In an amazing come back from defeat, Alfred summoned the English to join up with him at an assembly point. At Pentecost 878 Alfred met up with the men of Somerset, Wiltshire and Hampshire and inflicted a crushing defeat on the disbelieving Danes at Edington forcing them back from Chippenham to Cirencester. Guthrum the leader of the Danes agreed to convert to Christianity and was baptised. In 880 the raiders not fancying another tilt at Wessex retreated to East Anglia and settled there. In 886 Alfred took the old Mercian city of London to the joy of the English inhabitants and "all the English race turned to him, except what was in captivity to Danish men." Within fifty years Alfred's grandson Athelstan was the first undisputed king of all England ruling over both English and Danes.

Anglo Saxon kingship was unique in a number of respects. Firstly the king was chosen by the Witan, a sort of proto parliament of the leading men in the country. The king was then acclaimed by the people. This was kingship by consent and acclamation. Secondly there was the concept and reality of the law of the land. The king was not above the law he was the upholder of the law and ultimately at least in theory subject to the law. This was a very different way of thinking from other countries where the king in effect was the law. Alfred was a decidedly Christian king and his laws were a development of biblical laws and principles. As such he had no difficulty in being subject to law himself. Other ideas such as trial by twelve jurymen were peculiar to the English.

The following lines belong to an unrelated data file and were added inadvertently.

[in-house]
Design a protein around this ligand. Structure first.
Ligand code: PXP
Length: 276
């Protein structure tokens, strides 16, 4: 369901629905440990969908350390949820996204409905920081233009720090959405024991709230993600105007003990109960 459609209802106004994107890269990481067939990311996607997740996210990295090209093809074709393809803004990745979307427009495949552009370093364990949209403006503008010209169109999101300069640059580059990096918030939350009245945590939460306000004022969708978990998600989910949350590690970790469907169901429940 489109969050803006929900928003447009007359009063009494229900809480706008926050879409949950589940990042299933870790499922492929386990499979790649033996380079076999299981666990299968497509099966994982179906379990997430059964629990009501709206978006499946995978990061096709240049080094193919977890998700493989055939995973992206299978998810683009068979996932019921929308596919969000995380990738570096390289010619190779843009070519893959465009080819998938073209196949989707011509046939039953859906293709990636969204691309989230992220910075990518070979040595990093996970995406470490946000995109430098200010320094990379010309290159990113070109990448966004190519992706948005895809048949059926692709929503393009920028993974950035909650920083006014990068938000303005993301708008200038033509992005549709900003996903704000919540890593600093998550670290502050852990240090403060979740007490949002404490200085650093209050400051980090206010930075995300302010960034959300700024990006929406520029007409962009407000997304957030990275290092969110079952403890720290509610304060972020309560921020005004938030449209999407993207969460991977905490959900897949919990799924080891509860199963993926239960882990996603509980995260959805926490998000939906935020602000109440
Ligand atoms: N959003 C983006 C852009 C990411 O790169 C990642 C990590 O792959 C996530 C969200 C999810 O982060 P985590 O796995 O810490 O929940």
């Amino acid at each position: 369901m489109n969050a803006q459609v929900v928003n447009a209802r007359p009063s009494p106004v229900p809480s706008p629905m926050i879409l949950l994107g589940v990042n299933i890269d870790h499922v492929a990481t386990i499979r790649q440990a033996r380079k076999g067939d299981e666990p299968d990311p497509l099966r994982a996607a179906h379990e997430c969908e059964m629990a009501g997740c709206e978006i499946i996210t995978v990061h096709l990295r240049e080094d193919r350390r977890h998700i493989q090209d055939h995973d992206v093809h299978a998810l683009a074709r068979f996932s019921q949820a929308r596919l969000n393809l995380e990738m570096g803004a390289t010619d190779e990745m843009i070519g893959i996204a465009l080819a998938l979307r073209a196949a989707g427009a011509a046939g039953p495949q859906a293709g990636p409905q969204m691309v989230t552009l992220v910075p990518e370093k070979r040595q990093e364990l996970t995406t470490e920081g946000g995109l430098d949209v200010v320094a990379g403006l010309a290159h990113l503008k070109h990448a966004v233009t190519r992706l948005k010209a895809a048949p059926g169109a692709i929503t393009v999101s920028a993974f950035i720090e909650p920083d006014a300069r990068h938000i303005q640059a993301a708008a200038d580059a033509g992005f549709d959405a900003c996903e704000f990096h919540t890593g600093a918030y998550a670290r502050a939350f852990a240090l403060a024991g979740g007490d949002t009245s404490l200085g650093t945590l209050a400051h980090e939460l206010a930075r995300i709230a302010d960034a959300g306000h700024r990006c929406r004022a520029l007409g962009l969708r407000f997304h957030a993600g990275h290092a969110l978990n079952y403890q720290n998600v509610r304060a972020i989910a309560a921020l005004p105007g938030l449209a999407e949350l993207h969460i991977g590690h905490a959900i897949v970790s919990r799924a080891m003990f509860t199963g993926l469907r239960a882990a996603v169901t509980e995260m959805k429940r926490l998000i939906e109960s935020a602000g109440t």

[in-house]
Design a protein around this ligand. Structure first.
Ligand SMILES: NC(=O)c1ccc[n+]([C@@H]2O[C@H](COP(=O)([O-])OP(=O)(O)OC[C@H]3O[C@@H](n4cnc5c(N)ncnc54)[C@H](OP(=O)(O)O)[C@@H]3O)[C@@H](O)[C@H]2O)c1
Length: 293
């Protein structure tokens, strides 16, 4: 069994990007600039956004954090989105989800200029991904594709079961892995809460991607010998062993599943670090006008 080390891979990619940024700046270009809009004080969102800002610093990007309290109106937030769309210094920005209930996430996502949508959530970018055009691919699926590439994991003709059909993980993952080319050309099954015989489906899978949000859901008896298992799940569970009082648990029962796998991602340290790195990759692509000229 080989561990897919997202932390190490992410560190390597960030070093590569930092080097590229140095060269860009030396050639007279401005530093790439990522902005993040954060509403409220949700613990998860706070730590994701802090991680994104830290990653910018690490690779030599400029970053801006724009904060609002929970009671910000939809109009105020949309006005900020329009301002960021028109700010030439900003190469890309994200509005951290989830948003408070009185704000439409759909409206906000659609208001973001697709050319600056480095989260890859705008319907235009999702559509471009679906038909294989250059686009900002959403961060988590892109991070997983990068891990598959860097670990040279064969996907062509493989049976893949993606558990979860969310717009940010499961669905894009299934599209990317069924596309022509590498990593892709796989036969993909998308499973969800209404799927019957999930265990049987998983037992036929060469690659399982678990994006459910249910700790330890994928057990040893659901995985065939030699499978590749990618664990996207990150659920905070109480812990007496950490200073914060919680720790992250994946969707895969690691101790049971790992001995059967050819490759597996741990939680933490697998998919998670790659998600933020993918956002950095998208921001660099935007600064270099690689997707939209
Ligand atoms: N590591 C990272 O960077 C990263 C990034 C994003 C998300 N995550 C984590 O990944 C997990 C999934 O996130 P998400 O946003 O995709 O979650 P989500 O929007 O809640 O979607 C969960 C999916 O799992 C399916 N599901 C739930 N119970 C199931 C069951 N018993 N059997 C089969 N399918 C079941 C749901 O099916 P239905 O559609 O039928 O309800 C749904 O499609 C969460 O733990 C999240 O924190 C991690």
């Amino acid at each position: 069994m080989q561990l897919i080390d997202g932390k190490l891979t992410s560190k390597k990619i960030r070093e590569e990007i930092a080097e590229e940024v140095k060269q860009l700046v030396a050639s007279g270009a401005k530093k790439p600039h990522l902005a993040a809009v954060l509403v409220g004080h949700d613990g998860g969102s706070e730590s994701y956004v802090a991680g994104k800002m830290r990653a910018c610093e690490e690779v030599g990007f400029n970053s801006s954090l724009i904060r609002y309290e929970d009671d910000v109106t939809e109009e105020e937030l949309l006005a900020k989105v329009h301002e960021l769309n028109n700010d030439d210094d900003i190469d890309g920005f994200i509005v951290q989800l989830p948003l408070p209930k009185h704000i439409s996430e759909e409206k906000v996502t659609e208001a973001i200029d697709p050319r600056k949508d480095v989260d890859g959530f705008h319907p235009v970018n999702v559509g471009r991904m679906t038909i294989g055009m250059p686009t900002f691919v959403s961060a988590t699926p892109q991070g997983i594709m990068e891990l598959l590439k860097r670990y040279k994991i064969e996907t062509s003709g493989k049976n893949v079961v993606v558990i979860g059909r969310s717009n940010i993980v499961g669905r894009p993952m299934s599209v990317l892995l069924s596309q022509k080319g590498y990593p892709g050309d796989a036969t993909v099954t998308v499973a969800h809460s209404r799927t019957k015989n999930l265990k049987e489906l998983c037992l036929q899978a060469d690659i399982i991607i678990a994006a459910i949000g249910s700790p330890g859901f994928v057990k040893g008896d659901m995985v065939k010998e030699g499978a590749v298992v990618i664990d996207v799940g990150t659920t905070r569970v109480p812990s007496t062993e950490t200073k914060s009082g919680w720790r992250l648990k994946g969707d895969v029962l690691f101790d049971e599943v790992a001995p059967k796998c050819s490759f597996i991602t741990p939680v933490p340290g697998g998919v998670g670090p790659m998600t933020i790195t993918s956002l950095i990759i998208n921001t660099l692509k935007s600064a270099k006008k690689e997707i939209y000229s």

The Norman conquest of 1066 seemed to have put paid to the heritage of Alfred and law was replaced by tyranny, castles, unjust taxation, oppression and exploitation. However each Norman succession to the English throne was disputed by different members of William the Conqueror's family. The barons had the experience of being treated well by a claimant to the throne when he needed their support and arms only to be ill treated by the king once he was securely on the throne. The barons soon became advocates of English Law to keep tyrannical monarchs in check. Claimants to the throne quickly cottoned on to the fact that they needed to promise on oath to uphold the laws of England. If as the Normans claimed they were legitimate successors to the throne of Edward the Confessor they were also successors to the laws of England.

When William I died he was succeeded by his third son William II Rufus, a succession which was disputed by his older brother Robert Duke of Normandy. William Rufus was killed by an arrow during a hunt in the New Forest, Hampshire possibly on the orders of his younger brother Henry who certainly acted very quickly and in a very English way to secure the throne for himself against his older brother Robert who became Duke of Normandy.